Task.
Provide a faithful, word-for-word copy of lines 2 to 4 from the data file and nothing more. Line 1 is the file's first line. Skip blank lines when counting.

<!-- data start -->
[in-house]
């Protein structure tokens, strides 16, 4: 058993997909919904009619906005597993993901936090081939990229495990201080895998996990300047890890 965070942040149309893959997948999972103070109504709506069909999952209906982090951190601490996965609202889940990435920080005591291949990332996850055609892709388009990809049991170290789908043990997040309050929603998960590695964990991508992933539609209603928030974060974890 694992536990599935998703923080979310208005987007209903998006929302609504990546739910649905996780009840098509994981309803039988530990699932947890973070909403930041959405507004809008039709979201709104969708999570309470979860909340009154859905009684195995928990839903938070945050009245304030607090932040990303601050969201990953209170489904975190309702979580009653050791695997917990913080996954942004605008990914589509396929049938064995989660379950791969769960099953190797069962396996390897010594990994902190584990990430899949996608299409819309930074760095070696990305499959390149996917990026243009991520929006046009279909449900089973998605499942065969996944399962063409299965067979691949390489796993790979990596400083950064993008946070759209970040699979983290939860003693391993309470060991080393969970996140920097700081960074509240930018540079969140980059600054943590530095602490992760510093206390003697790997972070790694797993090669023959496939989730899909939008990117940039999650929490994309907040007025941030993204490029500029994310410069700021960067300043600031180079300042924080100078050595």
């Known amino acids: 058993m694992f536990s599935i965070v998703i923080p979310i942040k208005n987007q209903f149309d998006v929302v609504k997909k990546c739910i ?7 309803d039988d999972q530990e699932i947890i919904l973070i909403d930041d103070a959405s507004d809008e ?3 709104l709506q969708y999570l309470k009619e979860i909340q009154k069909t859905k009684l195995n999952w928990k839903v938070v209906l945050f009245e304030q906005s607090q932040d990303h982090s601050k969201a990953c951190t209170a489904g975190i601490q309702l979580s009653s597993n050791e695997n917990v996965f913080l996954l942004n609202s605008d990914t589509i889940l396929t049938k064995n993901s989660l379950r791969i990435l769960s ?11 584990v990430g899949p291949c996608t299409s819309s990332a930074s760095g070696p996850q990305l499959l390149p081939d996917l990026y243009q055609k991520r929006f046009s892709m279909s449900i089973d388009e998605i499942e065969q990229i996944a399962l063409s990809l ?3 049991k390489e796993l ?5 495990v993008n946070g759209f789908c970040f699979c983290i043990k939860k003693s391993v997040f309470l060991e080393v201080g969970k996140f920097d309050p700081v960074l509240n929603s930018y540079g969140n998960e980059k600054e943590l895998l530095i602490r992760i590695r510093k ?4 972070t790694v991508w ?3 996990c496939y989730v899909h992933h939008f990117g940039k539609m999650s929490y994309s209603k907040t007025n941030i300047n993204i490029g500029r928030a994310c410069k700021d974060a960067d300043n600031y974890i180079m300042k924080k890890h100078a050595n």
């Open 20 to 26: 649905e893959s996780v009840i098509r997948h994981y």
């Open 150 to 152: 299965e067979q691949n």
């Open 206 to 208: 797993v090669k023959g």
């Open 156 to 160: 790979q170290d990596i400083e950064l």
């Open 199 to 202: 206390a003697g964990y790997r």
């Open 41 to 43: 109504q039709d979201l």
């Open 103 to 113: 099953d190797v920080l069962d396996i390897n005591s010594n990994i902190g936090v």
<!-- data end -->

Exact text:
């Protein structure tokens, strides 16, 4: 058993997909919904009619906005597993993901936090081939990229495990201080895998996990300047890890 965070942040149309893959997948999972103070109504709506069909999952209906982090951190601490996965609202889940990435920080005591291949990332996850055609892709388009990809049991170290789908043990997040309050929603998960590695964990991508992933539609209603928030974060974890 694992536990599935998703923080979310208005987007209903998006929302609504990546739910649905996780009840098509994981309803039988530990699932947890973070909403930041959405507004809008039709979201709104969708999570309470979860909340009154859905009684195995928990839903938070945050009245304030607090932040990303601050969201990953209170489904975190309702979580009653050791695997917990913080996954942004605008990914589509396929049938064995989660379950791969769960099953190797069962396996390897010594990994902190584990990430899949996608299409819309930074760095070696990305499959390149996917990026243009991520929006046009279909449900089973998605499942065969996944399962063409299965067979691949390489796993790979990596400083950064993008946070759209970040699979983290939860003693391993309470060991080393969970996140920097700081960074509240930018540079969140980059600054943590530095602490992760510093206390003697790997972070790694797993090669023959496939989730899909939008990117940039999650929490994309907040007025941030993204490029500029994310410069700021960067300043600031180079300042924080100078050595």
């Known amino acids: 058993m694992f536990s599935i965070v998703i923080p979310i942040k208005n987007q209903f149309d998006v929302v609504k997909k990546c739910i ?7 309803d039988d999972q530990e699932i947890i919904l973070i909403d930041d103070a959405s507004d809008e ?3 709104l709506q969708y999570l309470k009619e979860i909340q009154k069909t859905k009684l195995n999952w928990k839903v938070v209906l945050f009245e304030q906005s607090q932040d990303h982090s601050k969201a990953c951190t209170a489904g975190i601490q309702l979580s009653s597993n050791e695997n917990v996965f913080l996954l942004n609202s605008d990914t589509i889940l396929t049938k064995n993901s989660l379950r791969i990435l769960s ?11 584990v990430g899949p291949c996608t299409s819309s990332a930074s760095g070696p996850q990305l499959l390149p081939d996917l990026y243009q055609k991520r929006f046009s892709m279909s449900i089973d388009e998605i499942e065969q990229i996944a399962l063409s990809l ?3 049991k390489e796993l ?5 495990v993008n946070g759209f789908c970040f699979c983290i043990k939860k003693s391993v997040f309470l060991e080393v201080g969970k996140f920097d309050p700081v960074l509240n929603s930018y540079g969140n998960e980059k600054e943590l895998l530095i602490r992760i590695r510093k ?4 972070t790694v991508w ?3 996990c496939y989730v899909h992933h939008f990117g940039k539609m999650s929490y994309s209603k907040t007025n941030i300047n993204i490029g500029r928030a994310c410069k700021d974060a960067d300043n600031y974890i180079m300042k924080k890890h100078a050595n």
């Open 20 to 26: 649905e893959s996780v009840i098509r997948h994981y």